This calendar of saints is drawn from several denominations, sects, and traditions. Although it will no longer be updated daily, the index on the right will guide visitors to a saint celebrated on any day they choose. Additional saints will be added as they present themselves to Major.

Monday, January 9, 2012

January 9 -- Feast of Saint Philip II, Metropolitan of Moscow

This is recent enough to be well attested, and yet the story is as strange as fiction. 

Not much doubt about the artist's sympathies
Philip started out life as a Russian aristocrat named Feodor Stepanovich Kolchev.  Grand Prince Vasili III brought young Feodor into his court, where he was friendly with the Grand Prince's young son, Ivan.  When they were somewhat older, Vasili died of an infection, leaving his (much younger, half Serbian, second) wife Elena to be regent until Ivan could be crowned Tsar.  The Russian aristocracy had never liked Elena.  It was around this time that Feodor left Moscow and all the luxuries of life.  Some contended he was part of a failed conspiracy against Elena, but others said he was called by God to a holy life. 

Whatever the reason, he worked as a shepherd for a while before joining a monastery at age 30.  He took the name Philip and worked as a blacksmith and a baker for a while.  By age 41, he was the abbot of the monastery, overseeing the construction of canals, watermills, a brickyard, and two cathedrals.  As he was obviously no slouch, he got the nod for the Metropolitan of Moscow's gig when it opened up.  He put on the mitre in 1566 with an understanding that his old pal Tsar Ivan IV (often called Ivan the Terrible) would disband his hated secret police (the Oprichniki).  They weren't disbanded until 1572, which suggests something about the relationship between these two childhood friends.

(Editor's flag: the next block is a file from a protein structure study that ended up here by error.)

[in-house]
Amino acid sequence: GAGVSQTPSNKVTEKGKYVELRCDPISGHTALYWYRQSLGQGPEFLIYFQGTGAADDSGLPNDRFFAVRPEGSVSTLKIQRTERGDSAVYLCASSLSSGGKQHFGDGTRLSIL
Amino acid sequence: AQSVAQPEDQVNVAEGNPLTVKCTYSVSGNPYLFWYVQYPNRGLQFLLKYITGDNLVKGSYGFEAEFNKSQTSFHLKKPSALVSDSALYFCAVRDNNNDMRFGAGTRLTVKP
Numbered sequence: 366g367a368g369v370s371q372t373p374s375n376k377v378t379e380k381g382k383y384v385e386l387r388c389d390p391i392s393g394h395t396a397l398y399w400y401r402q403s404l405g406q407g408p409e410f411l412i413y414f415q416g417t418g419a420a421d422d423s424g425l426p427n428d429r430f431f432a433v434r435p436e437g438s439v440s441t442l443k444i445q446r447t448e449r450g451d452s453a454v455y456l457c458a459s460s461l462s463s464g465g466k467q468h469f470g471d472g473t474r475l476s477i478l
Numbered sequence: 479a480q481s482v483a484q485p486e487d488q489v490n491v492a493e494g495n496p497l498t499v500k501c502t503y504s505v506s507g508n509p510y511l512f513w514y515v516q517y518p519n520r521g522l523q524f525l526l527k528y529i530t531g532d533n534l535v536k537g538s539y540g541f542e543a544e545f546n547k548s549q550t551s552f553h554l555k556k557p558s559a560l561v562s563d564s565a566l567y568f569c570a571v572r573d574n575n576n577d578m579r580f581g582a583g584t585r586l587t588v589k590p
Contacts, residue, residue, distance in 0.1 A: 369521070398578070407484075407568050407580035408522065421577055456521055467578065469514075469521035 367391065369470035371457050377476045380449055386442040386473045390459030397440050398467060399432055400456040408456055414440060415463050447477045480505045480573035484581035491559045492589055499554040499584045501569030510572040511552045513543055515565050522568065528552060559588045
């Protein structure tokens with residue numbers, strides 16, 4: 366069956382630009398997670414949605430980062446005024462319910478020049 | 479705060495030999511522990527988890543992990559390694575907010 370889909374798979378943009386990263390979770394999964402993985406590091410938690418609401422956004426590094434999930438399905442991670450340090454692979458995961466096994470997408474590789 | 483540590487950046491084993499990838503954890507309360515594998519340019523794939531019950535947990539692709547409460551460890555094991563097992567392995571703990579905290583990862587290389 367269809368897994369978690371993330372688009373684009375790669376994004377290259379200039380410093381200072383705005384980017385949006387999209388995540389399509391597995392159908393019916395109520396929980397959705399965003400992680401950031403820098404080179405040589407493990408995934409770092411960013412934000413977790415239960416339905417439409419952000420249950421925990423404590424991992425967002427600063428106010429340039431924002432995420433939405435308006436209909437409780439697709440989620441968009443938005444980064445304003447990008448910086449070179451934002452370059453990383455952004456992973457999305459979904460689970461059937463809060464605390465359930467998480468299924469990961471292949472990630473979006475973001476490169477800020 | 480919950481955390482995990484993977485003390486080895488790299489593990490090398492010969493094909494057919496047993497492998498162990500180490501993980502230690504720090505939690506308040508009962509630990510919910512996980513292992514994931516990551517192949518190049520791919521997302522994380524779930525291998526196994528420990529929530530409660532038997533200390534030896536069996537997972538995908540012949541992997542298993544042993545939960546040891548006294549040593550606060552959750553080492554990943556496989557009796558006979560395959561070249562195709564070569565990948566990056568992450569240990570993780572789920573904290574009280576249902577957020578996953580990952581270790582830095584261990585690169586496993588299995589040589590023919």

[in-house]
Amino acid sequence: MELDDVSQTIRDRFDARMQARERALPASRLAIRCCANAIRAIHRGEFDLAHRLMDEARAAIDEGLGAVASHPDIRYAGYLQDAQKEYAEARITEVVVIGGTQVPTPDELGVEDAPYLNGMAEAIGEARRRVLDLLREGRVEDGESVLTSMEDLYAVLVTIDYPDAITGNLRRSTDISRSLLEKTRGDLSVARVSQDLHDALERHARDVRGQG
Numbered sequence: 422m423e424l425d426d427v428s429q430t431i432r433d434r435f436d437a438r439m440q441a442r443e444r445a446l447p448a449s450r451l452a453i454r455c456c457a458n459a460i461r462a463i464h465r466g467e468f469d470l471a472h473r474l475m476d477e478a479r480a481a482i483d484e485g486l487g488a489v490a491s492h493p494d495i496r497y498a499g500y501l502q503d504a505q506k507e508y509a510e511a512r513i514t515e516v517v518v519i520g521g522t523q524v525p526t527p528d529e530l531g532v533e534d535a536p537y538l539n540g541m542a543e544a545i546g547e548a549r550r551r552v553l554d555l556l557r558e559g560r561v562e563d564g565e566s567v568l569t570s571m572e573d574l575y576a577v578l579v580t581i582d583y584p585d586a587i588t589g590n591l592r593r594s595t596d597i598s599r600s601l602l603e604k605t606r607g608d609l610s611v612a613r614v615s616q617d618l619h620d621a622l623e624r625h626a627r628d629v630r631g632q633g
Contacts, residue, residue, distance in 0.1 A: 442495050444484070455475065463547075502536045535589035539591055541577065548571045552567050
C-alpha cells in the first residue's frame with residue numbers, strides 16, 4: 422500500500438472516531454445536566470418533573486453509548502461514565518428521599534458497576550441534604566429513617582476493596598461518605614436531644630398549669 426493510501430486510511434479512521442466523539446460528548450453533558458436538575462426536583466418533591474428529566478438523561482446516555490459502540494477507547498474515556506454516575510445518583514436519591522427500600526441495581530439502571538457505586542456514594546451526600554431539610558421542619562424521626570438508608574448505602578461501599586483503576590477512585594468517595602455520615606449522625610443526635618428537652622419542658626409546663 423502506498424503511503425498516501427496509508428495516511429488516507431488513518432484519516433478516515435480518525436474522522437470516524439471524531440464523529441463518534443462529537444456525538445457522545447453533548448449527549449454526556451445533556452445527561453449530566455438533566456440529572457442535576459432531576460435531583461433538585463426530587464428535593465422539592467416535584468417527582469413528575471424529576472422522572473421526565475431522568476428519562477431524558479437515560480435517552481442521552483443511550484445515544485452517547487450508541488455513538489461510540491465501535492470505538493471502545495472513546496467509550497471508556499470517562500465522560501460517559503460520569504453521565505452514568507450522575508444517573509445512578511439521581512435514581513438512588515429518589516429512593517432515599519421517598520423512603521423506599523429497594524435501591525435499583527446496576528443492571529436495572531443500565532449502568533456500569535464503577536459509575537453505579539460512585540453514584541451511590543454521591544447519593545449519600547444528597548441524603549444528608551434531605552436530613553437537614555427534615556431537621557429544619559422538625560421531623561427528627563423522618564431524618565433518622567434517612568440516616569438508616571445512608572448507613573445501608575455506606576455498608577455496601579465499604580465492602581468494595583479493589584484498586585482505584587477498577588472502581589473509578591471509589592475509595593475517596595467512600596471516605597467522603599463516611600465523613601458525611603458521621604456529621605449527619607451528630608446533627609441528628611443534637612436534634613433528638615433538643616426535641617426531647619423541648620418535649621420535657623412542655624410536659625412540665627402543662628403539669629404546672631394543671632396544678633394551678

Philip called Ivan out during a High Mass and refused to give him a blessing.  To be fair, Ivan had been liquidating noble families for years on the supposition that some of them might be engaged in treasonous plots.  The mid-winter exile of 12,000 boyars (aristocrats) and then murder of any peasants who offered them food or shelter during their trek was more than any bishop should have to countenance.

I don't reckon Phil looked quite this good on his last day, nor Malyuta so clownish
The sixteenth century in England was a tough time for bishops.  The whipsaw between Anglicanism and Catholicism led a good many to the scaffold.  Would they have found comfort or despair if they were aware that their brother-in-Christ, Philip, was suffering similar persecution?  Ivan had Philip arrested on charges of sorcery (?!) and loose living.  He confined him to a monastic cell -- iron-collar, shackles, the whole bit -- and reminded the guards to forget to feed him for a few days.  Then they bounced him to a dingier monastery where he was left to rot while a synod of brave bishops officially stripped him of his office. He lingered in the cell a year or so until one of the worst malefactors in the Oprichniki, Malyuta Skuratov, strangled him to death. 

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